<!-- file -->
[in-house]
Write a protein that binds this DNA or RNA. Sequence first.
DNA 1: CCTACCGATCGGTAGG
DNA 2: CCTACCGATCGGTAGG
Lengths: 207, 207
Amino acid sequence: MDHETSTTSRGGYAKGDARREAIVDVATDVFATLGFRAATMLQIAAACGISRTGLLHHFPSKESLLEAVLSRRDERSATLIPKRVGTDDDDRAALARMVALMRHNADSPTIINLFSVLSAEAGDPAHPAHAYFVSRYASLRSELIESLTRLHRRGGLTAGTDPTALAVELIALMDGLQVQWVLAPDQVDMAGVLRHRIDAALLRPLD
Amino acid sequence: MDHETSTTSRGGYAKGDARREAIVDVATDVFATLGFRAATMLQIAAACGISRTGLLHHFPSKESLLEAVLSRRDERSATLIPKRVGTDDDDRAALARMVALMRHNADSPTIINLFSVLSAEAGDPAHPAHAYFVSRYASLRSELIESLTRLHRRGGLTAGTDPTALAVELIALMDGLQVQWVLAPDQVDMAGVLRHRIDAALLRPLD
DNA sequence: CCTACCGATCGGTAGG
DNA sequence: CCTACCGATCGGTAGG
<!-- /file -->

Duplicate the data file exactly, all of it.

[in-house]
Write a protein that binds this DNA or RNA. Sequence first.
DNA 1: CCTACCGATCGGTAGG
DNA 2: CCTACCGATCGGTAGG
Lengths: 207, 207
Amino acid sequence: MDHETSTTSRGGYAKGDARREAIVDVATDVFATLGFRAATMLQIAAACGISRTGLLHHFPSKESLLEAVLSRRDERSATLIPKRVGTDDDDRAALARMVALMRHNADSPTIINLFSVLSAEAGDPAHPAHAYFVSRYASLRSELIESLTRLHRRGGLTAGTDPTALAVELIALMDGLQVQWVLAPDQVDMAGVLRHRIDAALLRPLD
Amino acid sequence: MDHETSTTSRGGYAKGDARREAIVDVATDVFATLGFRAATMLQIAAACGISRTGLLHHFPSKESLLEAVLSRRDERSATLIPKRVGTDDDDRAALARMVALMRHNADSPTIINLFSVLSAEAGDPAHPAHAYFVSRYASLRSELIESLTRLHRRGGLTAGTDPTALAVELIALMDGLQVQWVLAPDQVDMAGVLRHRIDAALLRPLD
DNA sequence: CCTACCGATCGGTAGG
DNA sequence: CCTACCGATCGGTAGG